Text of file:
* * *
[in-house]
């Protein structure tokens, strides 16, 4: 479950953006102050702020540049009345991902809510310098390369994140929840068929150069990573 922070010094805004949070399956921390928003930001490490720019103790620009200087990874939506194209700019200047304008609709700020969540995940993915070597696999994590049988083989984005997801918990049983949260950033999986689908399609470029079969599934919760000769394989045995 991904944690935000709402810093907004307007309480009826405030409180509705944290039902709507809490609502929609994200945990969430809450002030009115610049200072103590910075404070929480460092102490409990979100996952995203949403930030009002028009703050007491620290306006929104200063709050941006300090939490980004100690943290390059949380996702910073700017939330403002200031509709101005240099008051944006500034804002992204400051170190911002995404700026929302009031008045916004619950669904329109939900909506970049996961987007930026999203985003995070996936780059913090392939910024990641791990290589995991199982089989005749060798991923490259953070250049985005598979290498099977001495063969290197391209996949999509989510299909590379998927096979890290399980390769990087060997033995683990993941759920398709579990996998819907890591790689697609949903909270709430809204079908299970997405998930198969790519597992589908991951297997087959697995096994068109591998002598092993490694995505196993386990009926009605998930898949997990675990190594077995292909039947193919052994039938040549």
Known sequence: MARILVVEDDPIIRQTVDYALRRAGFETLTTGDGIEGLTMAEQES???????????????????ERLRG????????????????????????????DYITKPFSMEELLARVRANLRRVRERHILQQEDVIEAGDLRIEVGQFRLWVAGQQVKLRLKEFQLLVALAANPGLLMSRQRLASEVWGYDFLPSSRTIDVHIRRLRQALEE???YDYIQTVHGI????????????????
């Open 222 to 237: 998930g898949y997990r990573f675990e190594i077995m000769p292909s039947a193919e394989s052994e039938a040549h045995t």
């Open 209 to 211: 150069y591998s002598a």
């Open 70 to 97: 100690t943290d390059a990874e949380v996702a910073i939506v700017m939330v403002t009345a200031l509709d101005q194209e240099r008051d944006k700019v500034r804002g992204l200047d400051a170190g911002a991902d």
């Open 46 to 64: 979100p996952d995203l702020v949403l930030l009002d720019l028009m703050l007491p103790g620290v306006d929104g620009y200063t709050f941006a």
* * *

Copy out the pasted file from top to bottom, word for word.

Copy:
[in-house]
């Protein structure tokens, strides 16, 4: 479950953006102050702020540049009345991902809510310098390369994140929840068929150069990573 922070010094805004949070399956921390928003930001490490720019103790620009200087990874939506194209700019200047304008609709700020969540995940993915070597696999994590049988083989984005997801918990049983949260950033999986689908399609470029079969599934919760000769394989045995 991904944690935000709402810093907004307007309480009826405030409180509705944290039902709507809490609502929609994200945990969430809450002030009115610049200072103590910075404070929480460092102490409990979100996952995203949403930030009002028009703050007491620290306006929104200063709050941006300090939490980004100690943290390059949380996702910073700017939330403002200031509709101005240099008051944006500034804002992204400051170190911002995404700026929302009031008045916004619950669904329109939900909506970049996961987007930026999203985003995070996936780059913090392939910024990641791990290589995991199982089989005749060798991923490259953070250049985005598979290498099977001495063969290197391209996949999509989510299909590379998927096979890290399980390769990087060997033995683990993941759920398709579990996998819907890591790689697609949903909270709430809204079908299970997405998930198969790519597992589908991951297997087959697995096994068109591998002598092993490694995505196993386990009926009605998930898949997990675990190594077995292909039947193919052994039938040549």
Known sequence: MARILVVEDDPIIRQTVDYALRRAGFETLTTGDGIEGLTMAEQES???????????????????ERLRG????????????????????????????DYITKPFSMEELLARVRANLRRVRERHILQQEDVIEAGDLRIEVGQFRLWVAGQQVKLRLKEFQLLVALAANPGLLMSRQRLASEVWGYDFLPSSRTIDVHIRRLRQALEE???YDYIQTVHGI????????????????
């Open 222 to 237: 998930g898949y997990r990573f675990e190594i077995m000769p292909s039947a193919e394989s052994e039938a040549h045995t």
């Open 209 to 211: 150069y591998s002598a």
């Open 70 to 97: 100690t943290d390059a990874e949380v996702a910073i939506v700017m939330v403002t009345a200031l509709d101005q194209e240099r008051d944006k700019v500034r804002g992204l200047d400051a170190g911002a991902d």
């Open 46 to 64: 979100p996952d995203l702020v949403l930030l009002d720019l028009m703050l007491p103790g620290v306006d929104g620009y200063t709050f941006a």